How to Paint Wall Stripes
Painting stripes is one of the easiest ways to add dimension to any room without using wallpaper.
If possible, move all the furniture out of the room. If there are items that can't be moved out of the room, push them to the center of the room and cover them with a tarp or drop cloth in order to protect them from paint.
Next, remove hardware such as faceplates on electrical sockets and light switches using a screwdriver. It is possible to tape these off and paint around them, but the quality of the paint job will suffer. Depending on the area to be painted it may also be a good idea to remove doorknobs, hinges, and handles.
Survey the room. Look at the walls and identify areas of damage or dirt. A clean, well-repaired surface provides the best foundation for a good paint job (Image 1) . Louis removes lead lugs left over from an old shelving unit from the wall, using a putty knife to pry them out.
Use painter’s caulk to fill the holes (Image 2) and a putty knife to smooth over the caulk and create a smooth, flat wall surface (Image 3).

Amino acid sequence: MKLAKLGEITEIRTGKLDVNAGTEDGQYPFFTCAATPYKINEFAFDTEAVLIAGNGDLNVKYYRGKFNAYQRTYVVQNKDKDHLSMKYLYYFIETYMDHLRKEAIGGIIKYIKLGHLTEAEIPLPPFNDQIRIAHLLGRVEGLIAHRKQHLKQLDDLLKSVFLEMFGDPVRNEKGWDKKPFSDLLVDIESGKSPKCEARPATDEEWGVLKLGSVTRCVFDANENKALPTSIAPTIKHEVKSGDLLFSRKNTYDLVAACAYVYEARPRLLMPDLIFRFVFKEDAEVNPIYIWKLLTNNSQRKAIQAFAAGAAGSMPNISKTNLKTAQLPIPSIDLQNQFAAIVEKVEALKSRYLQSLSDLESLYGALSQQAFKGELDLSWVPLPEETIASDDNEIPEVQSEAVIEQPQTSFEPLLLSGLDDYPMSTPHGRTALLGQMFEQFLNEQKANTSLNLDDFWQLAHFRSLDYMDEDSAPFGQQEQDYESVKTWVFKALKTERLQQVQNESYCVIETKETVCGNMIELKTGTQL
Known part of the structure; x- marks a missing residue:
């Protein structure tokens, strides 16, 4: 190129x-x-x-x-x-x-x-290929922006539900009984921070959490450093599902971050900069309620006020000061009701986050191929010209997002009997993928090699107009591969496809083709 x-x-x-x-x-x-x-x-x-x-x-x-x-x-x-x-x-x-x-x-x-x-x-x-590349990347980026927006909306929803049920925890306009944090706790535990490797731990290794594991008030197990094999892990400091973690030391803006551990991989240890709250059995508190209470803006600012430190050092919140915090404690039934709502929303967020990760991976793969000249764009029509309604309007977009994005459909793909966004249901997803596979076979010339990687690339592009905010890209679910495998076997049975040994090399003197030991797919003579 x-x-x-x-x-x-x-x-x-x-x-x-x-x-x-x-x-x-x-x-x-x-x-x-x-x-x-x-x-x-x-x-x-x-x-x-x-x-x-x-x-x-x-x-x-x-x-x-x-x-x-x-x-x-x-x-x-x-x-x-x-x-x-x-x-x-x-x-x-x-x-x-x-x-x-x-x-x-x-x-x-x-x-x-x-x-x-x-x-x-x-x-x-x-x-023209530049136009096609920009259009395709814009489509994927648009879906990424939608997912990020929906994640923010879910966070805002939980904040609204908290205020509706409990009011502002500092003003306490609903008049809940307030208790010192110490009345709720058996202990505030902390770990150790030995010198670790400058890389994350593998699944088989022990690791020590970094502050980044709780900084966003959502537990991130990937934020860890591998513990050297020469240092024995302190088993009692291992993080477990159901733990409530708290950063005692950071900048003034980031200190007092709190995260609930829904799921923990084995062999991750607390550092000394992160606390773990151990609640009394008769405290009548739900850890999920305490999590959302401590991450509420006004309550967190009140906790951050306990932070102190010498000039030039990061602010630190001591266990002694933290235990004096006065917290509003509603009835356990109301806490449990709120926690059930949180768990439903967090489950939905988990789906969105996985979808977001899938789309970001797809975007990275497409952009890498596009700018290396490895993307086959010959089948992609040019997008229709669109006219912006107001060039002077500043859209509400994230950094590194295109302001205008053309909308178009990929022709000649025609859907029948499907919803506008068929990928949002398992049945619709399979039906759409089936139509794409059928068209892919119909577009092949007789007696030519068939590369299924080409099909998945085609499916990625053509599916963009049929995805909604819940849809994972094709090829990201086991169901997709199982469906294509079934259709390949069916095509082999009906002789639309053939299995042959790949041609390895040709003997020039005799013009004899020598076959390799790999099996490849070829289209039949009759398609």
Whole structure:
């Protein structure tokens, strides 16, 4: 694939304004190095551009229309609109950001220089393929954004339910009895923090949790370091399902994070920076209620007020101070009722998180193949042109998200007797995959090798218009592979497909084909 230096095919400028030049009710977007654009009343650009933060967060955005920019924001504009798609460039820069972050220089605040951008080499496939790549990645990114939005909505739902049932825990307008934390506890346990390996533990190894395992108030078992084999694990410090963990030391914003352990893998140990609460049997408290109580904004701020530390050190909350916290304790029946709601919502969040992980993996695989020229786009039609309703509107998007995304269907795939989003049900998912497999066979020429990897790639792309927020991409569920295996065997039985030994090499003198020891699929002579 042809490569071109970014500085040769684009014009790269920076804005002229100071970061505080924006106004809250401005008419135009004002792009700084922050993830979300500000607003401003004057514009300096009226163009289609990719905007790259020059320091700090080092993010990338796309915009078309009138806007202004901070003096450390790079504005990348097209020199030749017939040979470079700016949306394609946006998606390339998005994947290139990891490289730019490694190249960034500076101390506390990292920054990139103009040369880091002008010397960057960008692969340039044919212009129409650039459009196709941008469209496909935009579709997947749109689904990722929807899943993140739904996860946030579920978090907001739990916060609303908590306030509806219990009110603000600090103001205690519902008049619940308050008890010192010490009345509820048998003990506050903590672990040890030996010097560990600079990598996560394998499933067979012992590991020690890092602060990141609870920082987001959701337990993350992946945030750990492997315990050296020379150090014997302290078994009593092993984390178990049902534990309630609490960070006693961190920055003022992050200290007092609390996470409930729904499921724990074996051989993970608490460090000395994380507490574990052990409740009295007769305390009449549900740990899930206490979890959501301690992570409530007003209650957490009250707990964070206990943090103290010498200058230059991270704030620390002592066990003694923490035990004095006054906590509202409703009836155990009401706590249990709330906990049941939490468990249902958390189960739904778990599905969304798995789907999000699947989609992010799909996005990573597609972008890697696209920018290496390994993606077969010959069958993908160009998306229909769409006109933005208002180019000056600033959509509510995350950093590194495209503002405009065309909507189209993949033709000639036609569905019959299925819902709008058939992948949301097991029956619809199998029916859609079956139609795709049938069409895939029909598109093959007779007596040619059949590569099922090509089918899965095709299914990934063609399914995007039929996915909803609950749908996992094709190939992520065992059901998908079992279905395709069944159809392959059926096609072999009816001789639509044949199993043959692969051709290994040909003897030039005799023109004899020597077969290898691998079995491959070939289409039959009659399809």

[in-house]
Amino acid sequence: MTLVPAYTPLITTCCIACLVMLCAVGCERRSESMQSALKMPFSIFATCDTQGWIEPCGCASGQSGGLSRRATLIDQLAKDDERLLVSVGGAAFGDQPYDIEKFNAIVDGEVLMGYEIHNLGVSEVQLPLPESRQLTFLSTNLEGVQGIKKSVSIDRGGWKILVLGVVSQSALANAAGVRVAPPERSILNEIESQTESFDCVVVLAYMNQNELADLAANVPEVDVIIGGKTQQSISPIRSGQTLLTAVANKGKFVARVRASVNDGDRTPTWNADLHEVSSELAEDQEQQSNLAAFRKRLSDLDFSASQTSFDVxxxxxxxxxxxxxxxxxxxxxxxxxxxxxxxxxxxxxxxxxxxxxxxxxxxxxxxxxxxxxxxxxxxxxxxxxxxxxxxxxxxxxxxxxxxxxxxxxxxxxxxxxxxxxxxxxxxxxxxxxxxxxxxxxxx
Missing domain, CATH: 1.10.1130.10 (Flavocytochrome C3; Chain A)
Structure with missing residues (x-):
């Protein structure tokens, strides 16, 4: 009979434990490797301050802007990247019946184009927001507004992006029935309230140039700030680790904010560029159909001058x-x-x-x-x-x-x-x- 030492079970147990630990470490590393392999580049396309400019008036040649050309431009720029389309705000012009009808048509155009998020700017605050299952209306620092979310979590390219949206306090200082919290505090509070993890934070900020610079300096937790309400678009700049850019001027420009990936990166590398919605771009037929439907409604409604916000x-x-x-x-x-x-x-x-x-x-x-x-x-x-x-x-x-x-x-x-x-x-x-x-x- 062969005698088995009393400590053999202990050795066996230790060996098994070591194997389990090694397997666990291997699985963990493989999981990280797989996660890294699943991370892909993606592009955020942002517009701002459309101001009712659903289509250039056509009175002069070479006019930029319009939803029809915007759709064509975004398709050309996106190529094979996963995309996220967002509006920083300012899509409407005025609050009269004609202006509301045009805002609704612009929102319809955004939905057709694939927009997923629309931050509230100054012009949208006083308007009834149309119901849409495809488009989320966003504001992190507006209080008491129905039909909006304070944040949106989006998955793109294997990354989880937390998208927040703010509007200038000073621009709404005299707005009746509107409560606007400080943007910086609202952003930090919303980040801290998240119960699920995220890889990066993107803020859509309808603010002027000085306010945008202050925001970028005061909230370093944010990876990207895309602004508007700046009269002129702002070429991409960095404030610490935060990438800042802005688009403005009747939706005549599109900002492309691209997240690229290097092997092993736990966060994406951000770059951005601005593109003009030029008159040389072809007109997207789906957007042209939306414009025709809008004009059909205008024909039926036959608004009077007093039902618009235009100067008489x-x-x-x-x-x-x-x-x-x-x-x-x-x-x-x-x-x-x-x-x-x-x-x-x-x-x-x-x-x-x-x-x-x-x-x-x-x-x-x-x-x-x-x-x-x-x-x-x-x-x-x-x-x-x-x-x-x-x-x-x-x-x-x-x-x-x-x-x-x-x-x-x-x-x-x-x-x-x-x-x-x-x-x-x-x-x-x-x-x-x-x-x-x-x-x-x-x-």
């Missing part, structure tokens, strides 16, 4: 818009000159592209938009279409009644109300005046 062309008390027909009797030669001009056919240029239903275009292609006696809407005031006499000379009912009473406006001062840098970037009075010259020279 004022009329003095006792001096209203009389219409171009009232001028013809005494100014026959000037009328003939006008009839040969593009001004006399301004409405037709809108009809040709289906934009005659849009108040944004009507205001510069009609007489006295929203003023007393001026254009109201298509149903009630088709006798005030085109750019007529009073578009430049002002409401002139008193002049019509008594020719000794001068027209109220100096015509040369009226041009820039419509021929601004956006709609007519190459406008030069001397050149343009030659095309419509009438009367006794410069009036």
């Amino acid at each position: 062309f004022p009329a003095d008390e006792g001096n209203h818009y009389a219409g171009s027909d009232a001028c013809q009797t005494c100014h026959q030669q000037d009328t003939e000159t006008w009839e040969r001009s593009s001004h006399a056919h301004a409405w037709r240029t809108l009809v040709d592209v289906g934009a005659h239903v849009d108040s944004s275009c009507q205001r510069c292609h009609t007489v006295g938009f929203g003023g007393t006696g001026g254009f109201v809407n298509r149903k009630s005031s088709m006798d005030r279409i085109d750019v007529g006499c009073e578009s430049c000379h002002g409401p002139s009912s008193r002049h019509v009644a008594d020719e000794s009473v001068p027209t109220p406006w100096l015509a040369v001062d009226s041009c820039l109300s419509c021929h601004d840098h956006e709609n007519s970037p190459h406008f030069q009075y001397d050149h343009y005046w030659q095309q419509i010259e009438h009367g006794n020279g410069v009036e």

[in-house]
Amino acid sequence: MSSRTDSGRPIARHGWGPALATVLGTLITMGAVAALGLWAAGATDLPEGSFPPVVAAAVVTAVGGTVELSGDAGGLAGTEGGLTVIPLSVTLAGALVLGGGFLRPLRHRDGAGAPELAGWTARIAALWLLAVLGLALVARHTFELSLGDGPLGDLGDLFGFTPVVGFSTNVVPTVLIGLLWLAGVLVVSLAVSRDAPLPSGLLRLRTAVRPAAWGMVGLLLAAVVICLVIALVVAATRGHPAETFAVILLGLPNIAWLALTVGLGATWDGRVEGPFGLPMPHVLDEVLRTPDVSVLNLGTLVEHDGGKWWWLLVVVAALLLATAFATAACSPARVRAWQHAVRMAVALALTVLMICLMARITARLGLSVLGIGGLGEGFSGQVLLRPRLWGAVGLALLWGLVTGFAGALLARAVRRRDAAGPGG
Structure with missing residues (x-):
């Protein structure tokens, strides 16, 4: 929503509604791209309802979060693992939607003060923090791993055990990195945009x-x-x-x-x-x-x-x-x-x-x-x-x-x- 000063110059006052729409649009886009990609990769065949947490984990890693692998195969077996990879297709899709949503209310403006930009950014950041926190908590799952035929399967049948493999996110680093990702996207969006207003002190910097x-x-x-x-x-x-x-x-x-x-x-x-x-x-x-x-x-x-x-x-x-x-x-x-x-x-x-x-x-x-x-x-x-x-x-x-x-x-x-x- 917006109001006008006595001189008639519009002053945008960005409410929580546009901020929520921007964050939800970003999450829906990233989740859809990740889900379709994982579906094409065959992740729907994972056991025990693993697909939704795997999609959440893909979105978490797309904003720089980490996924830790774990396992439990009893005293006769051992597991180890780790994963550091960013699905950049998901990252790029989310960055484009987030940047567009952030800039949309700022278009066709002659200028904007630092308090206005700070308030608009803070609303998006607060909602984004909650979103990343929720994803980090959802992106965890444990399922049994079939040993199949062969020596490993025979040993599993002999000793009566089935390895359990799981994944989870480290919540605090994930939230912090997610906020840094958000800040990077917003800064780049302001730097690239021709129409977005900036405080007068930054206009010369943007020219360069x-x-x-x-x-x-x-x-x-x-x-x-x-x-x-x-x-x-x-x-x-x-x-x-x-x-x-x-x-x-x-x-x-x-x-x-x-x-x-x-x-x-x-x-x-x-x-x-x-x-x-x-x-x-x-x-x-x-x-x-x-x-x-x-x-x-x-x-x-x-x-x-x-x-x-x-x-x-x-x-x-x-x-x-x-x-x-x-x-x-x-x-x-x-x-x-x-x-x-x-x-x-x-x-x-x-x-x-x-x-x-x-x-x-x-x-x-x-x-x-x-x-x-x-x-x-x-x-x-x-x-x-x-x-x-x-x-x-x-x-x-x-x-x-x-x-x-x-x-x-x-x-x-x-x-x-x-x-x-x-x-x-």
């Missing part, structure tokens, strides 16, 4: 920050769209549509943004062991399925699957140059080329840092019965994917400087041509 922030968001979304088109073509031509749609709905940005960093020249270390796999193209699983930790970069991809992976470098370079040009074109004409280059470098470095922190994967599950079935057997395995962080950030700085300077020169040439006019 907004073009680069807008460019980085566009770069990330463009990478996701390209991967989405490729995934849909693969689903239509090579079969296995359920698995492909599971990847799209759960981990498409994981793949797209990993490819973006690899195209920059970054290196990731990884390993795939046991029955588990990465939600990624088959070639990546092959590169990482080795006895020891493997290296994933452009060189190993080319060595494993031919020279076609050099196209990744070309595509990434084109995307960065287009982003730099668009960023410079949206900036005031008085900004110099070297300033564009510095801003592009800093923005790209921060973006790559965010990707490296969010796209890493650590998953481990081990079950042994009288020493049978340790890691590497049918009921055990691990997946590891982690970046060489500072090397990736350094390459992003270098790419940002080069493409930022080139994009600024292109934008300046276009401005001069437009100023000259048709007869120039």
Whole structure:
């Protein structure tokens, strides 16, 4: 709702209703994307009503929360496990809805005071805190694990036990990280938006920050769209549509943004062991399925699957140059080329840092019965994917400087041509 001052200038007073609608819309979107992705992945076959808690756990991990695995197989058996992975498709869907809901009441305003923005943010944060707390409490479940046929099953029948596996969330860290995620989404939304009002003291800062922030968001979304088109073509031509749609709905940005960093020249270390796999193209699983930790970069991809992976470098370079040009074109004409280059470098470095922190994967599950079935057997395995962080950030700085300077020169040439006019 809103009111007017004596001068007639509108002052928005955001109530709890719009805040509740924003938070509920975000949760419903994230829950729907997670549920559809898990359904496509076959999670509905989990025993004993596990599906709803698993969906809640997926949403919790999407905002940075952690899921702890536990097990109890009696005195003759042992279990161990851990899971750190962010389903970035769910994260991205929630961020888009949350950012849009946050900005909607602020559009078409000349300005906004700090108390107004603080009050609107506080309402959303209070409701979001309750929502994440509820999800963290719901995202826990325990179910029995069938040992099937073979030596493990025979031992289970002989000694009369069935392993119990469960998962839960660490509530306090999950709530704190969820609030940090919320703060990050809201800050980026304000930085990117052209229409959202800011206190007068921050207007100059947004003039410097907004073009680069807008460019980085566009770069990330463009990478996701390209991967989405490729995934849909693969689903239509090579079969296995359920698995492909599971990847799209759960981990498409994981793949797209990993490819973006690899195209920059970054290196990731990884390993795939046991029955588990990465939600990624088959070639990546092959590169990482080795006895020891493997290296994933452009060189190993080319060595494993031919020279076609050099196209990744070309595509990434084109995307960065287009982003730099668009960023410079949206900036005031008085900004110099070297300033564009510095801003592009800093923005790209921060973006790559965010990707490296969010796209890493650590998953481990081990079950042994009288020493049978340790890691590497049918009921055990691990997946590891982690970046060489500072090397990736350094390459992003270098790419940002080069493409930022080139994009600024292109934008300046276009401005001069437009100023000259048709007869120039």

Once the obstacles are removed and the walls are clean and smooth, the room is ready to be masked. Use low-tack masking tape to tape around fixtures that can’t be removed like wall sconces and phone jacks. If the floors are to be painted as well, you will not need to lay down a drop cloth or mask off the floor.
In many cases it takes a full day or more to adequately prepare an area to paint. Pour the paint into a tray (Image 1) and roll with a sheepskin roller several times in order to soak up an ample amount of paint (Image 2). Roll the paint slowly onto the wall; the roller will apply more paint in one coat than if you quickly run the roller up and down the wall. If the walls have texture, it is important to run the roller in a "W" pattern in order to make sure all sides of the texture receive paint.
Using the big roller, cover the major area of the walls and ceilings fairly quickly (Image 3). Then, go back with the small roller to paint the hard-to-reach areas (Image 4). Let the paint dry before going back to apply a second coat.
Once the main color is complete, prep work begins again. Mask off all the areas that touch the trim to protect them from the paint. It is imperative to watch carefully while taping to make sure the paint line will be straight and crisp. A utility knife can be useful to cut the tape so that it fits tightly around trim obstacles.
Once everything is taped off, paint the trim. A small roller can be used to paint most of the trim (image 1) while a small trim brush can be used to paint the tight spots. (image 2).
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